But there are problems with Paleo. Healthy Girlfriend doesn't care for the common paleo belief that calories don't matter, especially calories from animal protein and fat. Proponents believe that as long as you're focusing on meat, eggs, animal fat, vegetables and leafy greens, you will lose weight and maintain the perfect weight because of the high level of quality nutrients. But that's with lots of exercise, which is a big part of this lifestyle. Since our paleo ancestors were extremely active, walking miles, tracking game, fleeing beasts, we should be, too. You'll find a ton of paleo enthusiasts enjoying Crossfit. Google it. In a word, it's intense.

We do believe that being active everyday is essential to a healthy lifestyle. But we also hear from many active women who've tried eating paleo style, who say they don't drop the weight on this diet like men do. It's only when they cut back on calories that they start having some success. Personally, that's what we found when trying the paleo diet. All the emphasis on healthy fat was, well, a little unhealthy for weight loss. Even though we were eating the cleanest of meat and dairy products, one of us (Nancy) had a flare-up of gastritis and experienced other digestive problems along with the weight gain. It just goes to show that the Paleo approach does not work for everyone.

People who are successful on the Paleo Diet generally have moved to this lifestyle from the standard American diet of junk food and sugar. Of course, we agree that this is a nutritional improvement and applaud their efforts to get healthy.

What's Even Better is a Partially-Paleo Diet

Healthy Girlfriend likes the idea of a partially-paleo diet. We believe that a diet high in raw fruits and raw and cooked veggies along with an occasional (once a week or less) serving of clean animal protein such as wild salmon, is the best way to lose weight and get lots of minerals, antioxidants, and phytonutrients into your body. We also like the idea of including moderate amounts of organic grain such as corn or brown rice (and organic wheat if you don't have gluten sensitivity) and believe that they can be part of a healthy diet when not consumed in excess.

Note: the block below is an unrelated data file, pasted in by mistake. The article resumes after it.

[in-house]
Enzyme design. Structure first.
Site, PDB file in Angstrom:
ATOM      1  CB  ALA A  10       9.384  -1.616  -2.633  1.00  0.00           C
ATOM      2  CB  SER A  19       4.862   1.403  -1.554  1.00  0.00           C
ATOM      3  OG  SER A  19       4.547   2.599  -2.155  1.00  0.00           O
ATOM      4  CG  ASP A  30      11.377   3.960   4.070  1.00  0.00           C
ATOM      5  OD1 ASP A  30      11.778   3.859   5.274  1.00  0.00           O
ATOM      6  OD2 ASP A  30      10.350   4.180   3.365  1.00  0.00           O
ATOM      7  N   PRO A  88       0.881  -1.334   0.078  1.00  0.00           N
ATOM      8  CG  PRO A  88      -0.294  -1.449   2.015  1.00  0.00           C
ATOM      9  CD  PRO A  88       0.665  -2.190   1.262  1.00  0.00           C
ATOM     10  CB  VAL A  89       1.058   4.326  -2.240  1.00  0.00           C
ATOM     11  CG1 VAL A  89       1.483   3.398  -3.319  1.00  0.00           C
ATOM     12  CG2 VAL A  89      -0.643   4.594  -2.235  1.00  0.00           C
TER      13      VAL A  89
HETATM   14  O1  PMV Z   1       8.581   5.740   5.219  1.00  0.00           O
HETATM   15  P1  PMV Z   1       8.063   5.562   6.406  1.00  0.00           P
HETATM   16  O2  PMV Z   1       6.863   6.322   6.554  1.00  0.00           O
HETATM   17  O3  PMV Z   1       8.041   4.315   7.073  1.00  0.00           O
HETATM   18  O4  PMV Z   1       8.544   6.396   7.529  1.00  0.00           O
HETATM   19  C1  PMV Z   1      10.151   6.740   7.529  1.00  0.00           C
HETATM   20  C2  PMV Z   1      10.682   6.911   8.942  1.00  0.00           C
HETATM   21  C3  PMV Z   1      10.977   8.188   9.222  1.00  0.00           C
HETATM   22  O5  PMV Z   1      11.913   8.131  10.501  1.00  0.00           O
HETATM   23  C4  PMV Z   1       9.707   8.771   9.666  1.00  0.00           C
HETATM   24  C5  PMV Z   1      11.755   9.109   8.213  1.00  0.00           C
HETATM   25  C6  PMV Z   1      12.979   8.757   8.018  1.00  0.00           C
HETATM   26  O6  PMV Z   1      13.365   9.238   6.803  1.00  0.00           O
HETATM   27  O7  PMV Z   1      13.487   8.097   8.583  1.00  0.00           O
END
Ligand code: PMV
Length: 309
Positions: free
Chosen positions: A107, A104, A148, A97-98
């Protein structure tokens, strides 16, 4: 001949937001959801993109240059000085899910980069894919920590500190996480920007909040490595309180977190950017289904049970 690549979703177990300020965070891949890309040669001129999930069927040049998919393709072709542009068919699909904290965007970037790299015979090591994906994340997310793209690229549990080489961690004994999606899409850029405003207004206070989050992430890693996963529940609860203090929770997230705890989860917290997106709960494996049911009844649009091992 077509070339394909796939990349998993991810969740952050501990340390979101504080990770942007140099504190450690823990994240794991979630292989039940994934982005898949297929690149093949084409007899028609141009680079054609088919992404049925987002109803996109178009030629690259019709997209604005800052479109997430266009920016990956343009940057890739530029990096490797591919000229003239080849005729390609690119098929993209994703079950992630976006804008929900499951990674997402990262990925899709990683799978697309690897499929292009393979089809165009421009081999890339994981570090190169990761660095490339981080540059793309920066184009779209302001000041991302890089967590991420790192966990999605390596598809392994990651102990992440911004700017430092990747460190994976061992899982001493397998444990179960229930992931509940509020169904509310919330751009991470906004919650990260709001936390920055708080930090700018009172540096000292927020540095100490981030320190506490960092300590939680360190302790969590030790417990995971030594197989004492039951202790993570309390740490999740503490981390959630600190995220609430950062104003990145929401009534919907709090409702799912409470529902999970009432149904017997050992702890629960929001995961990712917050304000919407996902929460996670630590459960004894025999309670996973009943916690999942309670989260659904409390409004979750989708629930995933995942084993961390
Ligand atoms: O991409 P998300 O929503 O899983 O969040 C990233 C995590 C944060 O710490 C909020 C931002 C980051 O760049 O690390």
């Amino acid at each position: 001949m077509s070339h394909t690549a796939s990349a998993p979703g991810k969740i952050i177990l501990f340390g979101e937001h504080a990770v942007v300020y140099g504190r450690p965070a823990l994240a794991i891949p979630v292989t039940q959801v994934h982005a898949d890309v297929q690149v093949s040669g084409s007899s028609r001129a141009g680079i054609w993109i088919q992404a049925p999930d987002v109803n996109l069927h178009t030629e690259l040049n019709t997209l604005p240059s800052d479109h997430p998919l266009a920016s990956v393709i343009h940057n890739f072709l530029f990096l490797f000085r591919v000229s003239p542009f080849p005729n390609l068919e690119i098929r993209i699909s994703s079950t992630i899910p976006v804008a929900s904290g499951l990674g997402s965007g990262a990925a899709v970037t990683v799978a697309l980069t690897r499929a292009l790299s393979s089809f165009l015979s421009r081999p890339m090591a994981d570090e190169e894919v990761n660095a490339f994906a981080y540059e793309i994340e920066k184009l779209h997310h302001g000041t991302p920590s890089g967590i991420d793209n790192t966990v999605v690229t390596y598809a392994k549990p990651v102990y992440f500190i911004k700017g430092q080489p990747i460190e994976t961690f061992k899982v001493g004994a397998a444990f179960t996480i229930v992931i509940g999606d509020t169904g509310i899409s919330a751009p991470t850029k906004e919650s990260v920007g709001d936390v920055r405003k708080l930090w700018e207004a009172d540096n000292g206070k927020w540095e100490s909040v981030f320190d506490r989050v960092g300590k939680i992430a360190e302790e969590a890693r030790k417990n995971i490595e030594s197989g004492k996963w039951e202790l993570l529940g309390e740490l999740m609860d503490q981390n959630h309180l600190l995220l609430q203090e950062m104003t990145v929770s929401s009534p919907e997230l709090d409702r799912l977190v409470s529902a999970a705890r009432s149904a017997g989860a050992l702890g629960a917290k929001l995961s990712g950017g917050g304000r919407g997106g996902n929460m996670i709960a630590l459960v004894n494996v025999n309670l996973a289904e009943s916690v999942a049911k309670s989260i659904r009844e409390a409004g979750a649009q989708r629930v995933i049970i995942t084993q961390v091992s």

Most people who turn to a plant-based diet experience effortless weight loss as long as they put their focus on generous amounts of veggies, greens, and fruits. The hard truth is that even lean  meat is a high-calorie, high fat food as is even the cleanest of dairy. Leaving those off your plate the majority of the time will automatically reduce your calorie intake without leaving you hungry. We also recommend limiting vegetable oils (even coconut and olive oil) and instead get your fat from a small amount of nuts, seeds, and healthy fats such as avocado. Breads, pastas, and white potatoes are best left off the menu until you've reached your desired weight. 

Oh, and also, if you're going to eat animal products it's an especially good idea to look into colon cleansing, which you can read about here.

 A Paleo Day

We always like to provide a daily menu for a typical day of Paleo Diet food. Paleo enthusiasts will tinker with the amounts shown according to individual appetites.

Breakfast:    

3 cage-free eggs scrambled in 1T grass-fed butter with 2 cups sautéed veggies such as onion, sweet and hot peppers  + 2 slices nitrate-free bacon                                                                                   Optional: Coffee or tea 

Lunch:              

Large salad made with Romaine lettuce, baby greens, spinach (whatever combo you like)               Generous portion of raw veggies such as onion, red pepper, radish, tomato                                       Homemade vinaigrette to taste: olive oil, lemon juice, garlic, mustard, sea salt                                      4-6 oz portion of grass-fed beef, pasture-raised chicken, or wild salmon with a rub of herbs or spices

Dinner:

4-6 oz portion of grilled grass-fed beef, pasture-raised chicken or wild salmon, marinated in your favorite oil, herb, and lemon marinade                                                                                             Plenty of steamed or sautéed greens with grass-fed butter to taste                                                   Half of a medium-sized baked yam with coconut oil                                                                               Berries for dessert, sweetened with small amount of honey                                                                     Optional: One glass of red wine                                                                                                                  

Try to avoid snacking, but if you must, some raw veggies or a few macadamia nuts or walnuts are acceptable. But seriously, are you still hungry after all this food?!

Sorry, but even whole grain breads are not allowed on the Paleo Diet.